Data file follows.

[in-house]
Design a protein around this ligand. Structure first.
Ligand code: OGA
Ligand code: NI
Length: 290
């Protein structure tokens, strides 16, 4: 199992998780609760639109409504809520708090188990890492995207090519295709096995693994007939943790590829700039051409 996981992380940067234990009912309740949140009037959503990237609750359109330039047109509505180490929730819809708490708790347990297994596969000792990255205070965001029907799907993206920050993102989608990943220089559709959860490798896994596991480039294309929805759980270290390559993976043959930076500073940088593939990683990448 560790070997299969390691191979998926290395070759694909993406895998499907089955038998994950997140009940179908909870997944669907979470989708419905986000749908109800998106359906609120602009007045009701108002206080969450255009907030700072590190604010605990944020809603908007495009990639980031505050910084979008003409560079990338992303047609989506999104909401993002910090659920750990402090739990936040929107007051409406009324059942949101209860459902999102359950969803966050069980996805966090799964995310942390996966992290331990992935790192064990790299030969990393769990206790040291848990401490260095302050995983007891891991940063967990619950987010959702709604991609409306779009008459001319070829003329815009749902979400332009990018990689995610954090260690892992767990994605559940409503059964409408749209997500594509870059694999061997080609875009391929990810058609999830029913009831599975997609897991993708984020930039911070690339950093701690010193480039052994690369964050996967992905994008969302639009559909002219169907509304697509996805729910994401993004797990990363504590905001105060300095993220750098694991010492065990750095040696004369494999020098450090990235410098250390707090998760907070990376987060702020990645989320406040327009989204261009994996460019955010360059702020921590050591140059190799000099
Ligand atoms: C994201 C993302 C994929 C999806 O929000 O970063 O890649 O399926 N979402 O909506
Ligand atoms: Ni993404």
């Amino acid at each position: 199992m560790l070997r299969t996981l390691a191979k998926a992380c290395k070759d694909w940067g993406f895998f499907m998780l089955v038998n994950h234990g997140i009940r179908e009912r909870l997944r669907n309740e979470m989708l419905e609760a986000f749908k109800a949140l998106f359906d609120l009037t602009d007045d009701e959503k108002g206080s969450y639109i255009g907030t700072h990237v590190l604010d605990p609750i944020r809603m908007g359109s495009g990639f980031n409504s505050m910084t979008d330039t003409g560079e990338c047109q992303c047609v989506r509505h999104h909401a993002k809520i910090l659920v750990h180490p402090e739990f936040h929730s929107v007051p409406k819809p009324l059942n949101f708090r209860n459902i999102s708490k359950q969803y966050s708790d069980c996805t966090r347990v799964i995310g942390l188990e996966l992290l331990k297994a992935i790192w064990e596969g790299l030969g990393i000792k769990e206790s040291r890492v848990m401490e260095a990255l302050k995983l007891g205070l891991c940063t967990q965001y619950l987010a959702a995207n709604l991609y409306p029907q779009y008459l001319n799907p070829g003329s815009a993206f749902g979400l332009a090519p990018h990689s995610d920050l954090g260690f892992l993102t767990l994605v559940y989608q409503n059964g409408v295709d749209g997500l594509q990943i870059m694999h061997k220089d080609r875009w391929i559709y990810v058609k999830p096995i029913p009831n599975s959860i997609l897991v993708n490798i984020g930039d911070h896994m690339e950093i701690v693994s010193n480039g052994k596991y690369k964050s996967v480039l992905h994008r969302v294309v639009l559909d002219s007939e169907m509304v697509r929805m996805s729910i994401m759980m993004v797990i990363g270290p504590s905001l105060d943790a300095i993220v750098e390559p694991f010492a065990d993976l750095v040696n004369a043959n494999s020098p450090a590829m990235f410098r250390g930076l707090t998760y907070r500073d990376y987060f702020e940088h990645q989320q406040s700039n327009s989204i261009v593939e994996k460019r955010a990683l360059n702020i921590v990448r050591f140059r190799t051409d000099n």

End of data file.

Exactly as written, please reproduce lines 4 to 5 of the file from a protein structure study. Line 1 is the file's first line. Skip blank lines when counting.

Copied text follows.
Ligand code: NI
Length: 290